Sanneh Foundation Trains North Minneapolis Hmong, Latino Soccer Players

Last week, 40 North Minneapolis soccer players poured into Farview park for the Sanneh Foundation spring soccer clinic.Most of the soccer players were Hmong and Latino.  Many of the Hmong soccer players were born in Thai refugee camps.Several times during the year, the Sanneh foundation comes to north Minneapolis and provides training for players from poor families who could not normally afford this type of coachingSanneh Foundation fits donated soccer shoes on the feet of North Minneapolis soccer playersIn addition, the Sanneh Foundation has donated soccer shoes, soccer balls, water bottles, backpacks and shirts to the players.  The Sanneh soccer camps emphasize soccer as a fun part of a healthy lifestyle of exercise and good  eating.  Both veteran soccer players and those trying soccer for the first time enjoy coming to the clinics.  This April, in addition to learning soccer skills, players learned about good sportsmanship,  and even learned  a little Italian.  In  October,  the Sanneh foundation combines its soccer clinic with a Halloween party.  Sanneh Foundation Halloween Party and Soccer ClinicIn the fall, the North Minneapolis  Hmong and Latino soccer players play in the Minneapolis Parks League, for the Farview Park and Bethune Park soccer teams.  All the players have gotten training and soccer balls from the Sanneh Foundation, and most wear soccer shoes donated by the Sanneh Foundation.2014 Farview 13u soccer team celebrates winning Minneapolis Parks regular season championshipWith the Sanneh Foundation’s help, the Farview Park soccer team has won two city-wide tournaments and six regular season championships in the past three years, and the Bethune soccer team has won two city-wide tournaments and been runners-up in a third city-wide tournament.2014 Bethune 13u soccer team, finalists in Minneapolis Parks city-wide tournamentEach March, the Sanneh Foundation holds its major fundraiser, Gala4Goals.    And every year the Farview soccer team comes down and tells the participants how the Sanneh Foundation helps North Minneapolis soccer players.Farview soccer players at Sanneh Foundation’s Gale4Goals fundraiserIt is the soccer players’ way of saying Thank You Sanneh Foundation. Continue Reading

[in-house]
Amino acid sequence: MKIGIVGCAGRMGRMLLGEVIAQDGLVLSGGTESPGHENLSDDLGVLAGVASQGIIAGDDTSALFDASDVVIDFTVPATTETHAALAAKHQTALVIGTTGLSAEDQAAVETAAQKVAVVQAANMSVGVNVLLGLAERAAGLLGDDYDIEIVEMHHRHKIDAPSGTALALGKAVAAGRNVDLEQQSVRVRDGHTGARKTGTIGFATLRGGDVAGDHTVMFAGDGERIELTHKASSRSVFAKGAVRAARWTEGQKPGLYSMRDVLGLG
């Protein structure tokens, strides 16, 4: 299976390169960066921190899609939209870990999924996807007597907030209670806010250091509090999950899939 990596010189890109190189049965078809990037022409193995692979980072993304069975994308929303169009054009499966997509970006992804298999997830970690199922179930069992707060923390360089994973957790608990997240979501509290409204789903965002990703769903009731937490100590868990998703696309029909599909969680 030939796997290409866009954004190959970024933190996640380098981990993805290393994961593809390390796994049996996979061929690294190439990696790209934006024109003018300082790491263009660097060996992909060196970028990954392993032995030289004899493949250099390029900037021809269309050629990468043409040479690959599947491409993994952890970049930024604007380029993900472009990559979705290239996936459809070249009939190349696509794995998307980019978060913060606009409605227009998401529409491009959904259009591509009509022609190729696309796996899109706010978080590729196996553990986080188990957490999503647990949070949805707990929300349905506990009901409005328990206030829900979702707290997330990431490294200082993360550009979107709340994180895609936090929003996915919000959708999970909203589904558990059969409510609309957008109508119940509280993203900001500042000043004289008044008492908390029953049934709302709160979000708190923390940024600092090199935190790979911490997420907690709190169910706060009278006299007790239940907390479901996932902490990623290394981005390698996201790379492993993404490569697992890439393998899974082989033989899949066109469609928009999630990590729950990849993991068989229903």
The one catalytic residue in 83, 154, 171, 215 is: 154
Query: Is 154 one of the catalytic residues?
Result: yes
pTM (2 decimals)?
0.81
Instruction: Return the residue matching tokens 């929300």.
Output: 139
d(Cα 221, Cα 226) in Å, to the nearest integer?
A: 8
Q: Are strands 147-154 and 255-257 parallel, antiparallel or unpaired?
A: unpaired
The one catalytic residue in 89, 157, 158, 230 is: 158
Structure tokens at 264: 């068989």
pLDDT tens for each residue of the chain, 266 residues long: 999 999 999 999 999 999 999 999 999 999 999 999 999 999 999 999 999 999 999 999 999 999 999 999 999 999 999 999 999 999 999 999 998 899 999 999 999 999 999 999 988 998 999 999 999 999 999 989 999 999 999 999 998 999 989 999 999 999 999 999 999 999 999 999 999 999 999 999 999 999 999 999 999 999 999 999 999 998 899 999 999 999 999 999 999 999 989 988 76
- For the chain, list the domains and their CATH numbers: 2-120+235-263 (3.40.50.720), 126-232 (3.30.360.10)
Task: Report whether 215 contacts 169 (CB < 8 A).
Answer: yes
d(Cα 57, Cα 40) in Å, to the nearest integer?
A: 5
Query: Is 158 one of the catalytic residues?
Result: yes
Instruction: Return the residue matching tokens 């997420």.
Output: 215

Comic Books from the Margins

Comic Books from the Margins on Vimeo. Presented by Gazillion Strong, Big Brain Comics, Moon Palace Books, Boneshaker Books, Ancestry Books, and Ramsey County Libraries, these series of workshops is aimed at teens and pre-teens. each bookstore and library will select comic books and graphic novels in which the central character(s) are from marginalized communities, such as the POC (people of color), LGBTQ, adoptee, foster care, and disabled communities. The books will be presented to preteens, teens, and their families by knowledgeable authors, activists, performers, and comic book connoisseurs.Comic Books from the Margins series gives an opportunity to people to tell their stories, and pick out books that are reflective of their culture.”We want different kinds of narratives,” said Ancestry Books owner Chaun Webster. “That don’t reduce us to these small, tokenistic stereotypes.”Future Comic Books from the Margins will be held at Boneshaker Books, the Minnesota History Center and Big Brain Comics. Check out Gazillion Strong’s website for more information Continue Reading

(l-r) Joyce Ester, Kent Pekel, Dean Barbara Butts Williams. Photos by Charles Hallman

Minnesota college students face loan crisis

Kids from low-income families, communities of color hardest hit by debtMinnesota is fifth among U.S. “high-debt states” where college student debt upon graduation on average has surpassed $30,000, says The Institute for College Access & Success (TICAS). The 2014 project student debt report that TICAS released last November points out that in 2013 seven in 10 college graduates from public and private nonprofit colleges owe an average of $28,400 in student loans, up two percent from 2012.Minnesota 2013 college graduates loan debt is $30,894. Among state public colleges, Winona State grads had the highest at $33,610, and Minnesota-Crookston was lowest at $27,311. College of St. Scholastica ($43,113) tops the state private institutions while Macalester College ($21,939) was the lowest, says the nonprofit California-based organization.According to a United Negro College Fund (UNCF) fact sheet, Federal Student Loans increased seven percent (54 percent to 61 percent) while grants decreased seven percent (46 percent to 39 percent) over the period 1992 to 2011.Conversely, 60 percent of Black college students qualify for pell grants. Continue Reading